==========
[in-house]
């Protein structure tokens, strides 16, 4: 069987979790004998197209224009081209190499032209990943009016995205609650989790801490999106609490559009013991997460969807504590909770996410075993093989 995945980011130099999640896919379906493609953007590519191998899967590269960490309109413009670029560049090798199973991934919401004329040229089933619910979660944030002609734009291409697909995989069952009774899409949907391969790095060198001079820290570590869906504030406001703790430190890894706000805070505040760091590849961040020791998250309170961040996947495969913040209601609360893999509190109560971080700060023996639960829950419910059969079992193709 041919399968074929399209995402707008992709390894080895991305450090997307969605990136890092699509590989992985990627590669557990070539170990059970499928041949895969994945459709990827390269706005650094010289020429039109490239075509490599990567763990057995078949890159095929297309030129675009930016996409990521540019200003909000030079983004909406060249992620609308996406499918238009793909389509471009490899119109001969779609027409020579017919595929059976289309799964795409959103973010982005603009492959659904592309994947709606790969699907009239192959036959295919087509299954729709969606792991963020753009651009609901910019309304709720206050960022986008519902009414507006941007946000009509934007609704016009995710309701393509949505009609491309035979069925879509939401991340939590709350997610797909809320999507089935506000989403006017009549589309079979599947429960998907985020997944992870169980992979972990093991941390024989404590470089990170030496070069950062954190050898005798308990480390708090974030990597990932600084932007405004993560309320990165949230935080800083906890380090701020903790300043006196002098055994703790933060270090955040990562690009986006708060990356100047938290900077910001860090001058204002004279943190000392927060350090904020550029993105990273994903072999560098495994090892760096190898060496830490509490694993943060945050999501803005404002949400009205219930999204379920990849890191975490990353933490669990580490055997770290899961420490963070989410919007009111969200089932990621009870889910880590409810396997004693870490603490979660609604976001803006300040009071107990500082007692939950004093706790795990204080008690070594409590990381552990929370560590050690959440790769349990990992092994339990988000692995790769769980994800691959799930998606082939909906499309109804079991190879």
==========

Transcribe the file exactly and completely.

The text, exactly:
[in-house]
């Protein structure tokens, strides 16, 4: 069987979790004998197209224009081209190499032209990943009016995205609650989790801490999106609490559009013991997460969807504590909770996410075993093989 995945980011130099999640896919379906493609953007590519191998899967590269960490309109413009670029560049090798199973991934919401004329040229089933619910979660944030002609734009291409697909995989069952009774899409949907391969790095060198001079820290570590869906504030406001703790430190890894706000805070505040760091590849961040020791998250309170961040996947495969913040209601609360893999509190109560971080700060023996639960829950419910059969079992193709 041919399968074929399209995402707008992709390894080895991305450090997307969605990136890092699509590989992985990627590669557990070539170990059970499928041949895969994945459709990827390269706005650094010289020429039109490239075509490599990567763990057995078949890159095929297309030129675009930016996409990521540019200003909000030079983004909406060249992620609308996406499918238009793909389509471009490899119109001969779609027409020579017919595929059976289309799964795409959103973010982005603009492959659904592309994947709606790969699907009239192959036959295919087509299954729709969606792991963020753009651009609901910019309304709720206050960022986008519902009414507006941007946000009509934007609704016009995710309701393509949505009609491309035979069925879509939401991340939590709350997610797909809320999507089935506000989403006017009549589309079979599947429960998907985020997944992870169980992979972990093991941390024989404590470089990170030496070069950062954190050898005798308990480390708090974030990597990932600084932007405004993560309320990165949230935080800083906890380090701020903790300043006196002098055994703790933060270090955040990562690009986006708060990356100047938290900077910001860090001058204002004279943190000392927060350090904020550029993105990273994903072999560098495994090892760096190898060496830490509490694993943060945050999501803005404002949400009205219930999204379920990849890191975490990353933490669990580490055997770290899961420490963070989410919007009111969200089932990621009870889910880590409810396997004693870490603490979660609604976001803006300040009071107990500082007692939950004093706790795990204080008690070594409590990381552990929370560590050690959440790769349990990992092994339990988000692995790769769980994800691959799930998606082939909906499309109804079991190879």